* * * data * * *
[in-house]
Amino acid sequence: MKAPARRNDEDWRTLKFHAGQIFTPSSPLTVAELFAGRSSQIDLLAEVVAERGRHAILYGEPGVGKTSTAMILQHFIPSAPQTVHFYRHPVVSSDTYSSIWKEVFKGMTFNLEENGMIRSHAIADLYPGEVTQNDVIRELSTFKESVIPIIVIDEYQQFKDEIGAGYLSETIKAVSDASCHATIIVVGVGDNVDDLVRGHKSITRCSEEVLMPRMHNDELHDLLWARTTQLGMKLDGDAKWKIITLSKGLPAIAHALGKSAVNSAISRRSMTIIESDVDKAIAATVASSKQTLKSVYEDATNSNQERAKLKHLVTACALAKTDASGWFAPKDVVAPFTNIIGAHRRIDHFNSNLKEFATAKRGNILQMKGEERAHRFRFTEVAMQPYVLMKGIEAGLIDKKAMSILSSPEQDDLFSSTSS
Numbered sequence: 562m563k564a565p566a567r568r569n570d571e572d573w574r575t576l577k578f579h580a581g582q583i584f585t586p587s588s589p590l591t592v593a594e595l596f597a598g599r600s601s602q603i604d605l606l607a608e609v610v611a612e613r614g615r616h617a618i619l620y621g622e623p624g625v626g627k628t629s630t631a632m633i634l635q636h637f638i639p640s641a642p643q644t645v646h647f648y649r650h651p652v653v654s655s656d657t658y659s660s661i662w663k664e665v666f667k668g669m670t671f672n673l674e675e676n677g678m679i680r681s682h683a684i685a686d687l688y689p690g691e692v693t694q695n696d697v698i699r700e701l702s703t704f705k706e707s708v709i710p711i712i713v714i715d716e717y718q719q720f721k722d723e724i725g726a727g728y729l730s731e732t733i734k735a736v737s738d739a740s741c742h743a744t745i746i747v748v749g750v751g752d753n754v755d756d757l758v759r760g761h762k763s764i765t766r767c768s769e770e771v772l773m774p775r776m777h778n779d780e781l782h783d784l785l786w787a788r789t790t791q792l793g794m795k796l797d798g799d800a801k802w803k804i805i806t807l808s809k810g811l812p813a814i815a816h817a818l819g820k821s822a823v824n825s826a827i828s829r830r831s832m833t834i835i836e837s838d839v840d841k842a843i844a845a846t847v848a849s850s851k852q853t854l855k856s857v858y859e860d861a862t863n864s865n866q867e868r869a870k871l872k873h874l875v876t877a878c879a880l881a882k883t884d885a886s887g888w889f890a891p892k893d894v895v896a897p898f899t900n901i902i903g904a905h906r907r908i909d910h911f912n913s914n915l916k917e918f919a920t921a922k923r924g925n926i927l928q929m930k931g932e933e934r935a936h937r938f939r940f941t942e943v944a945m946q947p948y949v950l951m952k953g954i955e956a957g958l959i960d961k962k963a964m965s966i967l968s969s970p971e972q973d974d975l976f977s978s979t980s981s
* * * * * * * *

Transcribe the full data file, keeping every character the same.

[in-house]
Amino acid sequence: MKAPARRNDEDWRTLKFHAGQIFTPSSPLTVAELFAGRSSQIDLLAEVVAERGRHAILYGEPGVGKTSTAMILQHFIPSAPQTVHFYRHPVVSSDTYSSIWKEVFKGMTFNLEENGMIRSHAIADLYPGEVTQNDVIRELSTFKESVIPIIVIDEYQQFKDEIGAGYLSETIKAVSDASCHATIIVVGVGDNVDDLVRGHKSITRCSEEVLMPRMHNDELHDLLWARTTQLGMKLDGDAKWKIITLSKGLPAIAHALGKSAVNSAISRRSMTIIESDVDKAIAATVASSKQTLKSVYEDATNSNQERAKLKHLVTACALAKTDASGWFAPKDVVAPFTNIIGAHRRIDHFNSNLKEFATAKRGNILQMKGEERAHRFRFTEVAMQPYVLMKGIEAGLIDKKAMSILSSPEQDDLFSSTSS
Numbered sequence: 562m563k564a565p566a567r568r569n570d571e572d573w574r575t576l577k578f579h580a581g582q583i584f585t586p587s588s589p590l591t592v593a594e595l596f597a598g599r600s601s602q603i604d605l606l607a608e609v610v611a612e613r614g615r616h617a618i619l620y621g622e623p624g625v626g627k628t629s630t631a632m633i634l635q636h637f638i639p640s641a642p643q644t645v646h647f648y649r650h651p652v653v654s655s656d657t658y659s660s661i662w663k664e665v666f667k668g669m670t671f672n673l674e675e676n677g678m679i680r681s682h683a684i685a686d687l688y689p690g691e692v693t694q695n696d697v698i699r700e701l702s703t704f705k706e707s708v709i710p711i712i713v714i715d716e717y718q719q720f721k722d723e724i725g726a727g728y729l730s731e732t733i734k735a736v737s738d739a740s741c742h743a744t745i746i747v748v749g750v751g752d753n754v755d756d757l758v759r760g761h762k763s764i765t766r767c768s769e770e771v772l773m774p775r776m777h778n779d780e781l782h783d784l785l786w787a788r789t790t791q792l793g794m795k796l797d798g799d800a801k802w803k804i805i806t807l808s809k810g811l812p813a814i815a816h817a818l819g820k821s822a823v824n825s826a827i828s829r830r831s832m833t834i835i836e837s838d839v840d841k842a843i844a845a846t847v848a849s850s851k852q853t854l855k856s857v858y859e860d861a862t863n864s865n866q867e868r869a870k871l872k873h874l875v876t877a878c879a880l881a882k883t884d885a886s887g888w889f890a891p892k893d894v895v896a897p898f899t900n901i902i903g904a905h906r907r908i909d910h911f912n913s914n915l916k917e918f919a920t921a922k923r924g925n926i927l928q929m930k931g932e933e934r935a936h937r938f939r940f941t942e943v944a945m946q947p948y949v950l951m952k953g954i955e956a957g958l959i960d961k962k963a964m965s966i967l968s969s970p971e972q973d974d975l976f977s978s979t980s981s